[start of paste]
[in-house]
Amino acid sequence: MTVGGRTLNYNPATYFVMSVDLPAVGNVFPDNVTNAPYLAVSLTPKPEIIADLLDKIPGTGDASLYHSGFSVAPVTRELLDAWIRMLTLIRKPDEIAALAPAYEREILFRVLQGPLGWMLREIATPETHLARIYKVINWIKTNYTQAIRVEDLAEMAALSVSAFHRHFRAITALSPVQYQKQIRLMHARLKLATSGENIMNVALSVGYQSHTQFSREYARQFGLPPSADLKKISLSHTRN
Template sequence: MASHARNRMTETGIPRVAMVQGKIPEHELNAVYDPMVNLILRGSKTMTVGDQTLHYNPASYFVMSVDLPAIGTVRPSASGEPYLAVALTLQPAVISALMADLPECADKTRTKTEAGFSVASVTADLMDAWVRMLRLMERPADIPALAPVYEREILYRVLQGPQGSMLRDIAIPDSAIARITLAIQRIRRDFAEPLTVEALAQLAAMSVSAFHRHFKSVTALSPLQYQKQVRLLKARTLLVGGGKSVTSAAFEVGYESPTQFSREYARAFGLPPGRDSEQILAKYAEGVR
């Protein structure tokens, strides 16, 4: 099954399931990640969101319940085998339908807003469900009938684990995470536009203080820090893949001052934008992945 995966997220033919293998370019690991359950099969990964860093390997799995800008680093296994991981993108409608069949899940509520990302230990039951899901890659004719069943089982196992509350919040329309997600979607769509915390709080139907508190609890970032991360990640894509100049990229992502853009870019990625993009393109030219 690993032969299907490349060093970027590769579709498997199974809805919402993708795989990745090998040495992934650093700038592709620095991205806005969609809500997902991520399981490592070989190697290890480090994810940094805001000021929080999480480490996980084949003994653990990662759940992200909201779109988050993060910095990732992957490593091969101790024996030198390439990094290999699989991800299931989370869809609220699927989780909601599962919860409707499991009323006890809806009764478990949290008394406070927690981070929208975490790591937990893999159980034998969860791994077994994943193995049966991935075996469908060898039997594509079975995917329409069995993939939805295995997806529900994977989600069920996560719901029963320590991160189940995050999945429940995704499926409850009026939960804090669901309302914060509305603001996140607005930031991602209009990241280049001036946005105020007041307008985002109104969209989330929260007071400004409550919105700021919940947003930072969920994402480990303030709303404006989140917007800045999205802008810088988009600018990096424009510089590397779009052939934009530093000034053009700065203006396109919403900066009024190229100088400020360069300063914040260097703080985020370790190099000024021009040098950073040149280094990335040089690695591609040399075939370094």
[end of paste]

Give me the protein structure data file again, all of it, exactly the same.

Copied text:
[in-house]
Amino acid sequence: MTVGGRTLNYNPATYFVMSVDLPAVGNVFPDNVTNAPYLAVSLTPKPEIIADLLDKIPGTGDASLYHSGFSVAPVTRELLDAWIRMLTLIRKPDEIAALAPAYEREILFRVLQGPLGWMLREIATPETHLARIYKVINWIKTNYTQAIRVEDLAEMAALSVSAFHRHFRAITALSPVQYQKQIRLMHARLKLATSGENIMNVALSVGYQSHTQFSREYARQFGLPPSADLKKISLSHTRN
Template sequence: MASHARNRMTETGIPRVAMVQGKIPEHELNAVYDPMVNLILRGSKTMTVGDQTLHYNPASYFVMSVDLPAIGTVRPSASGEPYLAVALTLQPAVISALMADLPECADKTRTKTEAGFSVASVTADLMDAWVRMLRLMERPADIPALAPVYEREILYRVLQGPQGSMLRDIAIPDSAIARITLAIQRIRRDFAEPLTVEALAQLAAMSVSAFHRHFKSVTALSPLQYQKQVRLLKARTLLVGGGKSVTSAAFEVGYESPTQFSREYARAFGLPPGRDSEQILAKYAEGVR
């Protein structure tokens, strides 16, 4: 099954399931990640969101319940085998339908807003469900009938684990995470536009203080820090893949001052934008992945 995966997220033919293998370019690991359950099969990964860093390997799995800008680093296994991981993108409608069949899940509520990302230990039951899901890659004719069943089982196992509350919040329309997600979607769509915390709080139907508190609890970032991360990640894509100049990229992502853009870019990625993009393109030219 690993032969299907490349060093970027590769579709498997199974809805919402993708795989990745090998040495992934650093700038592709620095991205806005969609809500997902991520399981490592070989190697290890480090994810940094805001000021929080999480480490996980084949003994653990990662759940992200909201779109988050993060910095990732992957490593091969101790024996030198390439990094290999699989991800299931989370869809609220699927989780909601599962919860409707499991009323006890809806009764478990949290008394406070927690981070929208975490790591937990893999159980034998969860791994077994994943193995049966991935075996469908060898039997594509079975995917329409069995993939939805295995997806529900994977989600069920996560719901029963320590991160189940995050999945429940995704499926409850009026939960804090669901309302914060509305603001996140607005930031991602209009990241280049001036946005105020007041307008985002109104969209989330929260007071400004409550919105700021919940947003930072969920994402480990303030709303404006989140917007800045999205802008810088988009600018990096424009510089590397779009052939934009530093000034053009700065203006396109919403900066009024190229100088400020360069300063914040260097703080985020370790190099000024021009040098950073040149280094990335040089690695591609040399075939370094």